Tag Archives: new economy

The Dawn of Autonomous Cars, and the Demise of the Car Driving Experience

The phenomenon of fully autonomous cars has begun. “Self-driving cars without a human behind the wheel could run freely on UK roads from 2021, the chancellor is set to announce”, according to AutoCar. Unfortunately, by replacing human drivers with robot drivers, the end of a rather emotional relationship that we are having with cars, will begin.

Cars, for many people, are more than a just means to an end. “The type of car you drive tells a story about your personality. It may not be obvious, but people do share a lot of things in common with the cars they drive, and will choose a vehicle that represents their own particular talents and interests and reflect their values in life” suggests Joel Wong in TOC.

I wonder what autonomous cars can reveal about my personality?

Autonomous cars

Wikipedia defines an autonomous car (also known as a driver-less car, self-driving car, robotic car, autos) and unmanned ground vehicle, as a vehicle that is capable of sensing its environment and navigating without human input.

Just like us, self-driving cars need to have sensors to understand the world around them and a brain that collects, processes and chooses specific actions based on information gathered. Therefore, autonomous cars are fitted with advanced tools to gather information, including long-range radar, LIDAR, cameras, short/medium-range radar, and ultrasound (Chris Giarratana, ReadWrite.com).

The data collected are analysed and by using complex algorithms and digital maps, the autonomous car is steered clear of mishaps and hopefully reach the destination it was programmed for.

The use of autonomous cars can have the following advantages and disadvantages (Paul Goodman, AxleAddict):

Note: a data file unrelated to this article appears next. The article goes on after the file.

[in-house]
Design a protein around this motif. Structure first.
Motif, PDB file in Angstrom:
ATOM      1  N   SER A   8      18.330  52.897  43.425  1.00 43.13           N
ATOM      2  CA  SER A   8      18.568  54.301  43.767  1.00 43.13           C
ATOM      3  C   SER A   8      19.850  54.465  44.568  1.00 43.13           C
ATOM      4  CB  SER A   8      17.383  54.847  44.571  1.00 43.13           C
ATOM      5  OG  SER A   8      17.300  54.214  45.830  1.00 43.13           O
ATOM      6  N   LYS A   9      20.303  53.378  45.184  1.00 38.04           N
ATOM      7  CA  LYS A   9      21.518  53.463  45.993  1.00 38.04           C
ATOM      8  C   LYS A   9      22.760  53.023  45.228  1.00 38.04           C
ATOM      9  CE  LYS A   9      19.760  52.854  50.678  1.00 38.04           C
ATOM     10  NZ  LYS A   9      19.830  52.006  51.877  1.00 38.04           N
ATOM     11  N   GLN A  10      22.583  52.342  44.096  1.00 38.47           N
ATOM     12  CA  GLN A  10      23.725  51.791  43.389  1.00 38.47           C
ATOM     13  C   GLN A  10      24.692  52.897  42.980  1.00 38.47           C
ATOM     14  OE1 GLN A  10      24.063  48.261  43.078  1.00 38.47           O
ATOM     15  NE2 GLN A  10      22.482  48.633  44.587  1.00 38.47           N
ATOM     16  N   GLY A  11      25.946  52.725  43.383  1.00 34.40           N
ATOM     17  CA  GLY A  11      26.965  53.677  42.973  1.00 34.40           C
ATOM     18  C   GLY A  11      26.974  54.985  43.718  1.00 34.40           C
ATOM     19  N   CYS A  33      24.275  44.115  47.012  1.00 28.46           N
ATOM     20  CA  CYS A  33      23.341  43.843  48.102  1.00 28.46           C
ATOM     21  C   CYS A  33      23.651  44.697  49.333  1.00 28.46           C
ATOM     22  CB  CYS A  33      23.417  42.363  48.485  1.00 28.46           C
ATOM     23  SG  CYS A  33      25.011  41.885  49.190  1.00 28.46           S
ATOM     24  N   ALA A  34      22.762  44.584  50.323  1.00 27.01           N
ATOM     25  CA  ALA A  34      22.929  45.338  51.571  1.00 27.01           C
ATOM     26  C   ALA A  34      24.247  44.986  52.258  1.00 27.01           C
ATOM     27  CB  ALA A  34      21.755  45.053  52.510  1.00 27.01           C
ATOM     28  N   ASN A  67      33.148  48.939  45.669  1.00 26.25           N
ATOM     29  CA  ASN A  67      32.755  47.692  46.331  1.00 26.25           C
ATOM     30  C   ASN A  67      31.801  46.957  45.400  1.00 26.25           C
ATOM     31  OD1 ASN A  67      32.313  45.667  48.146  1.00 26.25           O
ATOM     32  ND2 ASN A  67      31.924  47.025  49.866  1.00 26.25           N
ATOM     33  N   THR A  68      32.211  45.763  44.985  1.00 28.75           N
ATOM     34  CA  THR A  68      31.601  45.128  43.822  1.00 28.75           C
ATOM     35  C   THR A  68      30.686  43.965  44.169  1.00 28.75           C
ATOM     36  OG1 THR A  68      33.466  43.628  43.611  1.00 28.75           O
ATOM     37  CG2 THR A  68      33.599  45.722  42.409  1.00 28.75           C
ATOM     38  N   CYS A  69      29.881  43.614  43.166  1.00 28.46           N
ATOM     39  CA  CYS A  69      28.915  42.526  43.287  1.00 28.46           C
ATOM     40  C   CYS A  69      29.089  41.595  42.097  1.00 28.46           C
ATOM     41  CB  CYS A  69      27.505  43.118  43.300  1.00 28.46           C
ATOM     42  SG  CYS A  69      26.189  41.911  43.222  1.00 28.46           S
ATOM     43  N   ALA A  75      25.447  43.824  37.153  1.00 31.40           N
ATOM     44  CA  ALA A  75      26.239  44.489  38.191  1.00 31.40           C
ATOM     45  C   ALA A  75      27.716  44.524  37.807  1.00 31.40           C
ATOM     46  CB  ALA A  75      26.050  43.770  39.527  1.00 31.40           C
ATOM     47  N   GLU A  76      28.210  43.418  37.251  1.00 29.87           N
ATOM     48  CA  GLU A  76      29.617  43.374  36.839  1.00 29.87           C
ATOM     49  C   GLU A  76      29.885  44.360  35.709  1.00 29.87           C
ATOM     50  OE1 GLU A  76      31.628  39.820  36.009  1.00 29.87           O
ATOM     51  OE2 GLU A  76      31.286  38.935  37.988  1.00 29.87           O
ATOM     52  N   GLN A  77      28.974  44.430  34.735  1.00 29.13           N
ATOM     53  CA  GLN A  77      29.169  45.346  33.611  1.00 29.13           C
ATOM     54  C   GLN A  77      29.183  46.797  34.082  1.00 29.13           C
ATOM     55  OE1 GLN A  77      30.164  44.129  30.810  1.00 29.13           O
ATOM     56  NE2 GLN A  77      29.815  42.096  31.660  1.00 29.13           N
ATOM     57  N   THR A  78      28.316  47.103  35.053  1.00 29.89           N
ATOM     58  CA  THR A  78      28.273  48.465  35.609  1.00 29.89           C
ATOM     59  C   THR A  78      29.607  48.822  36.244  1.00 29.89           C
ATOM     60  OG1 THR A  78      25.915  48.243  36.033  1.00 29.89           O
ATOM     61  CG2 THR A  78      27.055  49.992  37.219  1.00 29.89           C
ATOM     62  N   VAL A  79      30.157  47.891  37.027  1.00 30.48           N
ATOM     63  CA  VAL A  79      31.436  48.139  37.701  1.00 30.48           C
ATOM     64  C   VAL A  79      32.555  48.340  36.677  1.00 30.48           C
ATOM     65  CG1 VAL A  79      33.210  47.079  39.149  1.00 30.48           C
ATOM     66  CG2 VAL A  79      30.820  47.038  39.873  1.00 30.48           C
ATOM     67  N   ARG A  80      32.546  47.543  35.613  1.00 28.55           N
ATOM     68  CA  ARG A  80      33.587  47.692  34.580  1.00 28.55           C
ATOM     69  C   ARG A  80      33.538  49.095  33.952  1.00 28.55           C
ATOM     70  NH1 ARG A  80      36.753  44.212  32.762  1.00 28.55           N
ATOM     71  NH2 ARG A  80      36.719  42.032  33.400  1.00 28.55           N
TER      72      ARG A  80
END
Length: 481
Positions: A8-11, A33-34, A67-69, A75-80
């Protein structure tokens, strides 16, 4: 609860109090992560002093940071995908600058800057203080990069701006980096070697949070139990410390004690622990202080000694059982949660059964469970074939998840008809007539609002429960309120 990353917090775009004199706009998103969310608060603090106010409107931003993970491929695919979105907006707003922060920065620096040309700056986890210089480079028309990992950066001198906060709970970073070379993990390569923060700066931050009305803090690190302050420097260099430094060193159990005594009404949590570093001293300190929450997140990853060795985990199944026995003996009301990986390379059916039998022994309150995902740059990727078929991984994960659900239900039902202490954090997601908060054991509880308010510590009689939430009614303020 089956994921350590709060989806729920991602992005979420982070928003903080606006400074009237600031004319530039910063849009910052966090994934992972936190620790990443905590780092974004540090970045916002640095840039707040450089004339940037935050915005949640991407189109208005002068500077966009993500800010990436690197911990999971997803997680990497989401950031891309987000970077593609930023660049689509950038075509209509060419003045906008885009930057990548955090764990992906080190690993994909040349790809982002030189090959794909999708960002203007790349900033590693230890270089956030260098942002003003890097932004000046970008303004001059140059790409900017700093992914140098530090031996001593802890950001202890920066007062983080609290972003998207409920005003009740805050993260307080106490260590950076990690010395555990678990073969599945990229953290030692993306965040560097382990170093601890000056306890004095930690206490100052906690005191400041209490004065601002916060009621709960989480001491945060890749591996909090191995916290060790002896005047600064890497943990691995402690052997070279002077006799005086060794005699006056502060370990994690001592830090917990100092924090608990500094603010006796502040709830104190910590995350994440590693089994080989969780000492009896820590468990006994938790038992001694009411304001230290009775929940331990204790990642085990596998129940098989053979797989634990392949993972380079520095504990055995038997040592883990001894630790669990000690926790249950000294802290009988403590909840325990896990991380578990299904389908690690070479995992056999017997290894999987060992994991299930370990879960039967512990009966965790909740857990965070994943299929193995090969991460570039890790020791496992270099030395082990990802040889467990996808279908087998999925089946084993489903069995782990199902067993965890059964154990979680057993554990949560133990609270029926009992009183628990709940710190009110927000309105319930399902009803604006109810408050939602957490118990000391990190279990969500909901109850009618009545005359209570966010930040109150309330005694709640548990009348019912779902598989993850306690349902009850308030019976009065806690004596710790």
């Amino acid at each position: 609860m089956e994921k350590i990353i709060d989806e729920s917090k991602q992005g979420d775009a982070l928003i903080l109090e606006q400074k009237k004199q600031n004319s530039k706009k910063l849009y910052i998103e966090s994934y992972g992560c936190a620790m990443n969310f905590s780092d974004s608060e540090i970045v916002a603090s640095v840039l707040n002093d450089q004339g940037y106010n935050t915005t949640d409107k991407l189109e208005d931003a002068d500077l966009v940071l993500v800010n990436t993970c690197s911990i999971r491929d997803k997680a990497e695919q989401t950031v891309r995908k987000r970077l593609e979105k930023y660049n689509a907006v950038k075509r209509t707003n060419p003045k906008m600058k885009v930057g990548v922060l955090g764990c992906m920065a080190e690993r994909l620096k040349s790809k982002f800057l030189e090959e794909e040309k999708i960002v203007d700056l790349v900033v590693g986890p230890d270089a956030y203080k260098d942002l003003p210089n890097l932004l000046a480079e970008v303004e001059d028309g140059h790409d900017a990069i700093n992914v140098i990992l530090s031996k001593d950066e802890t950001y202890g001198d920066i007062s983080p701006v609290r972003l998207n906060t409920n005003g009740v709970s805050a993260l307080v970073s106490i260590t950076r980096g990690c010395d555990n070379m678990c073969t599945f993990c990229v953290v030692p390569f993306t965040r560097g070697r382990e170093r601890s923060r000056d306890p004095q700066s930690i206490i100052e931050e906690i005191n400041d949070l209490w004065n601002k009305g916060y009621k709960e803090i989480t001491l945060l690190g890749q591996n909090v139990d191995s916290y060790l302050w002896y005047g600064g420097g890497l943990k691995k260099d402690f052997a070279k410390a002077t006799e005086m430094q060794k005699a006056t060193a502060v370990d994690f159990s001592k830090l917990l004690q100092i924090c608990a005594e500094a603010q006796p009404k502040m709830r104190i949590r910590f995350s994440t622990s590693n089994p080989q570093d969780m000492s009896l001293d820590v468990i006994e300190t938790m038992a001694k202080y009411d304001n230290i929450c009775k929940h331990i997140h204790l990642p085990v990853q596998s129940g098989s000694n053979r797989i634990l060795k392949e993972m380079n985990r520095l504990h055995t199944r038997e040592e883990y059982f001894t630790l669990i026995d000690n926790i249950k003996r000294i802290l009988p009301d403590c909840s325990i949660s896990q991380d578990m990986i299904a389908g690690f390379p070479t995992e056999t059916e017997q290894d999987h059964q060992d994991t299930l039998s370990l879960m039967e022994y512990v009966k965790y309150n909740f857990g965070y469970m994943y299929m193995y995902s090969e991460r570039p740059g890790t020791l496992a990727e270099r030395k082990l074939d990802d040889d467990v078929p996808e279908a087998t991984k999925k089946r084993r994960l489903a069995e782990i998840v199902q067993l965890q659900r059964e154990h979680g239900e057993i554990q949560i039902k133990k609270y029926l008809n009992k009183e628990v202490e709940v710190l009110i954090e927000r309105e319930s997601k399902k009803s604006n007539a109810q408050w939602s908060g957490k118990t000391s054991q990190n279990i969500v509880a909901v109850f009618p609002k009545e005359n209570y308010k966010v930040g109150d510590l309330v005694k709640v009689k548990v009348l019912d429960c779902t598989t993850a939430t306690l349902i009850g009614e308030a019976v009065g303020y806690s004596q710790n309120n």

ADVANTAGES

DISADVANTAGES

  •  No driver means more space and more entertainment;
  • No bad drivers, thus less road accidents;
  • Traffic could be coordinated more easily in urban areas to prevent long tailbacks at busy times;
  • Sensory technology could potentially perceive the environment better than human senses, seeing farther ahead, better in poor visibility, detecting smaller and more subtle obstacles, more reasons for less traffic accidents;
  • Speed limits could be increased to reflect the safer driving, shortening journey times;
  • There would be no need for drivers’ licenses or driving tests;
  • Autonomous cars could bring about a massive reduction in insurance premiums for car owners;
  • Efficient travel also means fuel savings, cutting costs.
  •  Driver-less cars would likely be out of the price range of most ordinary people;
  • Truck drivers and taxi drivers will lose their jobs, as autonomous vehicles take over;
  • A computer malfunction, even just a minor glitch, could cause worse crashes than anything that human error might bring about;
  • If the car crashes, without a driver, whose fault is it: Google/the software designer, or the owner of the vehicle?